Monday, November 30, 2015

Laugh lines

The new state legislative district lines, drawn, as required by law following every 10-year census, are, as expected, laughingly partisan.

Laugh lines


(A brief discussion twixt Baer & Baer's editor, a.k.a. BE)

BE: Hey, JB, I see the Legislative Reapportionment Commission approved new state House and Senate district lines for the next decade.

JB: You betcha. Here's an Inky story. And you'll be shocked, SHOCKED to learn that the plan, controlled by Republicans, was approved by a partisan 3-2 vote with Republicans in favor and Democrats against.

BE: Wait, wait, you're not suggesting the post-census, every-10-year requirement to make our representation more representative by adjusting district lines to fit population changes is a POLITICAL exercise?

JB: Ha! Good one, boss.

BE: What possible evidence is there of that?

JB: Well, let's look at Harrisburg. Veteran incumbent GOP Sen. Jeff Piccola, whose current district includes the Democratic city of Harrisburg and who angered the city by pushing hard for a state takeover, suddenly has a new district that wraps around the city like a horseshoe.

BE: The areas outside of and around Harrisburg are Republican. So that makes Piccola's reelection much easier.

JB: Not much gets by you, does it?

BE: But certainly the overall intent is always to achieve the best possible representation for each area's population.

JB: Sure. Just like last time when former GOP state House powerhouse John Perzel re-shaped his northeast Philly district to exclude the home of Democrat Mark Chilutti who almost beat him in the election prior to the last redistricting.

BE: You make it sound like ALL this stuff is about incumbency protection.

JB: And laugh lines. Senate GOP Leader Dominic Pileggi, a commission member, said, apparently with a straight face, the plan "addresses population shifts." Democratic Senate Leader Jay Costa said, "It was a raw, politically partisan exercise."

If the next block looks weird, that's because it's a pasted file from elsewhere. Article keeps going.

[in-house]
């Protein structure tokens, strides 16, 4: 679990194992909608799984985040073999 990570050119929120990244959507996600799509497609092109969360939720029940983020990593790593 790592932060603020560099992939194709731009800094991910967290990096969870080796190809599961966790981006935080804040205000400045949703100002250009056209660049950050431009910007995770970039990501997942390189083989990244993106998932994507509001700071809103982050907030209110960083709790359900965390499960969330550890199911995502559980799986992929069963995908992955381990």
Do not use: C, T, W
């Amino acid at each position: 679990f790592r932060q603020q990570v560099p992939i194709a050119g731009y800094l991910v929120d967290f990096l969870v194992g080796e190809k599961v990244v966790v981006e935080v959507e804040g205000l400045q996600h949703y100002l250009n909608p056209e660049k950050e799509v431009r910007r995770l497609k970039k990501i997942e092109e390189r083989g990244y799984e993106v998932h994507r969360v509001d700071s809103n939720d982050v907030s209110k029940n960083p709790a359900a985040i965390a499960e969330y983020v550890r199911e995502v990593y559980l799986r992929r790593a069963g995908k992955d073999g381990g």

BE: Hmmm. So they disagree?

JB: HA! HA! There you go again, cutting right through the subtle nuance of the issue.

BE: What happens next?

JB: Well, there's a 30-day period for public comment and there's a hearing on the plan Nov. 18. There are few glitches. Republicans "accidently" moved the home of Pittsburgh Democratic Rep. Adam Ravenstahl -- brother of Pittsburgh Mayor Luke Ravenstahl -- into a district where he doesn't live. But Republicans say it was an honest mistake that they'll fix.

BE: That's pretty funny.

JB: That's what it's all about. Whichever party has the power whenever the lines get redrawn always make sure we get at least a few good laugh lines. Grrr!

Daily News Political Columnist
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About this blog
John Baer has been covering politics and government for the Daily News since 1987. The National Journal in 2002 called Baer one of the country's top 10 political journalists outside Washington, saying Baer has, "the ability to take the skin off a politician without making it hurt too much." E-mail John at

John is the author of the book "On The Front Lines of Pennsylvania Politics: Twenty-Five Years of Keystone Reporting" (The History Press, 2012). Reach John at

John Baer Daily News Political Columnist
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